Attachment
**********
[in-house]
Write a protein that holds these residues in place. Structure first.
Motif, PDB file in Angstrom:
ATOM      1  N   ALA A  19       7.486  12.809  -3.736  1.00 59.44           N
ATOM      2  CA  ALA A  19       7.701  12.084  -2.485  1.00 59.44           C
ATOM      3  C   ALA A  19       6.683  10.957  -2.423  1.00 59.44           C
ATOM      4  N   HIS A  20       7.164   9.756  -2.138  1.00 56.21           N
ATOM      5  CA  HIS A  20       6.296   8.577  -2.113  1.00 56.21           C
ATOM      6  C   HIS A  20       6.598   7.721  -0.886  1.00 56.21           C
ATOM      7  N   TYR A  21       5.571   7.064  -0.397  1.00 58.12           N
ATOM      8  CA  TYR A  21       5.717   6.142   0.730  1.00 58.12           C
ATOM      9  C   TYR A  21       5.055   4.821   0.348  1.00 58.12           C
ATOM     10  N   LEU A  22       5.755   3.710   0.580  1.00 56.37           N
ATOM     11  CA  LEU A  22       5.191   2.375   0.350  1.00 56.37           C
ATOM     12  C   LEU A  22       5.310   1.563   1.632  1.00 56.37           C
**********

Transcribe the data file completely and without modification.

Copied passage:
[in-house]
Write a protein that holds these residues in place. Structure first.
Motif, PDB file in Angstrom:
ATOM      1  N   ALA A  19       7.486  12.809  -3.736  1.00 59.44           N
ATOM      2  CA  ALA A  19       7.701  12.084  -2.485  1.00 59.44           C
ATOM      3  C   ALA A  19       6.683  10.957  -2.423  1.00 59.44           C
ATOM      4  N   HIS A  20       7.164   9.756  -2.138  1.00 56.21           N
ATOM      5  CA  HIS A  20       6.296   8.577  -2.113  1.00 56.21           C
ATOM      6  C   HIS A  20       6.598   7.721  -0.886  1.00 56.21           C
ATOM      7  N   TYR A  21       5.571   7.064  -0.397  1.00 58.12           N
ATOM      8  CA  TYR A  21       5.717   6.142   0.730  1.00 58.12           C
ATOM      9  C   TYR A  21       5.055   4.821   0.348  1.00 58.12           C
ATOM     10  N   LEU A  22       5.755   3.710   0.580  1.00 56.37           N
ATOM     11  CA  LEU A  22       5.191   2.375   0.350  1.00 56.37           C
ATOM     12  C   LEU A  22       5.310   1.563   1.632  1.00 56.37           C